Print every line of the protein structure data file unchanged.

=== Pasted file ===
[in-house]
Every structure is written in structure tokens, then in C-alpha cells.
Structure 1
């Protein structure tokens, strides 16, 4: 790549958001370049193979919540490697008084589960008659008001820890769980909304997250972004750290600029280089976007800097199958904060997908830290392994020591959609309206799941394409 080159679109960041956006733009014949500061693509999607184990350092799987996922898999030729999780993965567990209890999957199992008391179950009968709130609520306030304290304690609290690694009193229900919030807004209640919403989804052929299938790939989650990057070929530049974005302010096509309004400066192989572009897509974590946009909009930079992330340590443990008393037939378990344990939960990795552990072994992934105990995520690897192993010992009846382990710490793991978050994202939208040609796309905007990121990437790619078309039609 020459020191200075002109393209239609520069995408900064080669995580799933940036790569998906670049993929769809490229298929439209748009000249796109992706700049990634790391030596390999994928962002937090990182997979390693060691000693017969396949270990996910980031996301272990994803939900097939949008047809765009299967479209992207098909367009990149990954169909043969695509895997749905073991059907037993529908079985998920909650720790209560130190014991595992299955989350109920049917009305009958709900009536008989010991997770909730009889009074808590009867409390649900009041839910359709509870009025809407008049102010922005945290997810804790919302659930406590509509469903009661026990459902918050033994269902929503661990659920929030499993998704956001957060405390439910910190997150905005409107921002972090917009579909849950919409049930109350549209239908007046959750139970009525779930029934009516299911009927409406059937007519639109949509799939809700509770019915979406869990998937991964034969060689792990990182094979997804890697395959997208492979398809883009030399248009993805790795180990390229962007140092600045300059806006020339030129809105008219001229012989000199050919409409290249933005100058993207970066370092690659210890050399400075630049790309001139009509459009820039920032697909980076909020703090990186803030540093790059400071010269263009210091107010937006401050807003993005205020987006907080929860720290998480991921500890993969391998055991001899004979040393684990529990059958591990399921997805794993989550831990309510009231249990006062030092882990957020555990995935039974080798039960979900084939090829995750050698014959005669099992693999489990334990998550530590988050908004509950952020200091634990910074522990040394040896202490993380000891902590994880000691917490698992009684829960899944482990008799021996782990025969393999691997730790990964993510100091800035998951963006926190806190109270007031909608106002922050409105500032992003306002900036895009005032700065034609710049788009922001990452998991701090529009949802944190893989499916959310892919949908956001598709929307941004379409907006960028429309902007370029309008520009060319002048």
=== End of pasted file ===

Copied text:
[in-house]
Every structure is written in structure tokens, then in C-alpha cells.
Structure 1
């Protein structure tokens, strides 16, 4: 790549958001370049193979919540490697008084589960008659008001820890769980909304997250972004750290600029280089976007800097199958904060997908830290392994020591959609309206799941394409 080159679109960041956006733009014949500061693509999607184990350092799987996922898999030729999780993965567990209890999957199992008391179950009968709130609520306030304290304690609290690694009193229900919030807004209640919403989804052929299938790939989650990057070929530049974005302010096509309004400066192989572009897509974590946009909009930079992330340590443990008393037939378990344990939960990795552990072994992934105990995520690897192993010992009846382990710490793991978050994202939208040609796309905007990121990437790619078309039609 020459020191200075002109393209239609520069995408900064080669995580799933940036790569998906670049993929769809490229298929439209748009000249796109992706700049990634790391030596390999994928962002937090990182997979390693060691000693017969396949270990996910980031996301272990994803939900097939949008047809765009299967479209992207098909367009990149990954169909043969695509895997749905073991059907037993529908079985998920909650720790209560130190014991595992299955989350109920049917009305009958709900009536008989010991997770909730009889009074808590009867409390649900009041839910359709509870009025809407008049102010922005945290997810804790919302659930406590509509469903009661026990459902918050033994269902929503661990659920929030499993998704956001957060405390439910910190997150905005409107921002972090917009579909849950919409049930109350549209239908007046959750139970009525779930029934009516299911009927409406059937007519639109949509799939809700509770019915979406869990998937991964034969060689792990990182094979997804890697395959997208492979398809883009030399248009993805790795180990390229962007140092600045300059806006020339030129809105008219001229012989000199050919409409290249933005100058993207970066370092690659210890050399400075630049790309001139009509459009820039920032697909980076909020703090990186803030540093790059400071010269263009210091107010937006401050807003993005205020987006907080929860720290998480991921500890993969391998055991001899004979040393684990529990059958591990399921997805794993989550831990309510009231249990006062030092882990957020555990995935039974080798039960979900084939090829995750050698014959005669099992693999489990334990998550530590988050908004509950952020200091634990910074522990040394040896202490993380000891902590994880000691917490698992009684829960899944482990008799021996782990025969393999691997730790990964993510100091800035998951963006926190806190109270007031909608106002922050409105500032992003306002900036895009005032700065034609710049788009922001990452998991701090529009949802944190893989499916959310892919949908956001598709929307941004379409907006960028429309902007370029309008520009060319002048």